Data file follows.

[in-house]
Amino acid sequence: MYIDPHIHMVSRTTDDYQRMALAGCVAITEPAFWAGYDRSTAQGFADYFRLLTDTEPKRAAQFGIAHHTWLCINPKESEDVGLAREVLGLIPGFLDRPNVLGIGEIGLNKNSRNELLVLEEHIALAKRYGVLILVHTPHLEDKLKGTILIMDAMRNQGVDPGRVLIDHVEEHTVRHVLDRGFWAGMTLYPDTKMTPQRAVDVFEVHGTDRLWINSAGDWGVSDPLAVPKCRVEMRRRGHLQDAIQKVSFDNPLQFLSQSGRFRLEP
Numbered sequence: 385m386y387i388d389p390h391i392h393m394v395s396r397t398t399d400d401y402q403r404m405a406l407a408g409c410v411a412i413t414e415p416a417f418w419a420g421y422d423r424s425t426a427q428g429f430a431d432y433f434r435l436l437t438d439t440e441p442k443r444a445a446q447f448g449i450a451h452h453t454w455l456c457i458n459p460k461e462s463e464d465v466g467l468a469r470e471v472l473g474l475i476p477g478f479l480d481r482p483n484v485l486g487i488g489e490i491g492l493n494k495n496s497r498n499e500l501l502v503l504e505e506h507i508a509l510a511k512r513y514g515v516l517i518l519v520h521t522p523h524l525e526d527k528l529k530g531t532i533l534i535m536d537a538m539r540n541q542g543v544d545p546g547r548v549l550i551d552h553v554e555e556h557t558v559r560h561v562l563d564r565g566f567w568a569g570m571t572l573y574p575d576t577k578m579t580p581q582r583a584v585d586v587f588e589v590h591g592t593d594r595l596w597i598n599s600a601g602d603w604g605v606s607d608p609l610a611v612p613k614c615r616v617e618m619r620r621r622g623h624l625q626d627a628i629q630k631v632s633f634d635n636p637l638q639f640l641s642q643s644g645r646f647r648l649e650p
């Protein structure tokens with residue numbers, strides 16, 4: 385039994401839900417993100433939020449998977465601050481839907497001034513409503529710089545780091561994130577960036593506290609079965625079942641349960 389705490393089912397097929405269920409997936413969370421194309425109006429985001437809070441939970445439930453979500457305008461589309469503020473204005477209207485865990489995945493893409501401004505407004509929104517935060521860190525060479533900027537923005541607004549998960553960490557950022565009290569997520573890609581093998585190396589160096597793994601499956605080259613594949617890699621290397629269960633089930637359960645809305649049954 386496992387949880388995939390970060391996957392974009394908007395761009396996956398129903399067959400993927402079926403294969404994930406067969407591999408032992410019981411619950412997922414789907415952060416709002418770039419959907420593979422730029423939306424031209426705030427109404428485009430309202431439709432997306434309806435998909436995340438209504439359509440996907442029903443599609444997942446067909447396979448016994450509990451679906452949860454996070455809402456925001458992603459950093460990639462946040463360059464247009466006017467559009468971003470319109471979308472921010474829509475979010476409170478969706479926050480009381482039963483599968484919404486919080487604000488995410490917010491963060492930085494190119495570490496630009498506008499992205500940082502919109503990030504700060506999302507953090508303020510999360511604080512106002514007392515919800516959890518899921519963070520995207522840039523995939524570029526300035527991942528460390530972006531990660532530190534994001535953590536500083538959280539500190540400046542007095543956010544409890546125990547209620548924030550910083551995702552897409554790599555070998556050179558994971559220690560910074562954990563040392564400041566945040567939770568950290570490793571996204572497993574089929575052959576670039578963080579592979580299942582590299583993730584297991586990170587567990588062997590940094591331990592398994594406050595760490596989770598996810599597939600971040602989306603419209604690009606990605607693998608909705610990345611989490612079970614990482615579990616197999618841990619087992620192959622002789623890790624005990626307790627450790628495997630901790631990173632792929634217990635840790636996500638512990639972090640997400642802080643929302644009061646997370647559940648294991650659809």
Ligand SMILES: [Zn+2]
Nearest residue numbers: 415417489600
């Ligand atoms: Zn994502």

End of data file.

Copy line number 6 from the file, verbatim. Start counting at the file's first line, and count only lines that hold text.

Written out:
Nearest residue numbers: 415417489600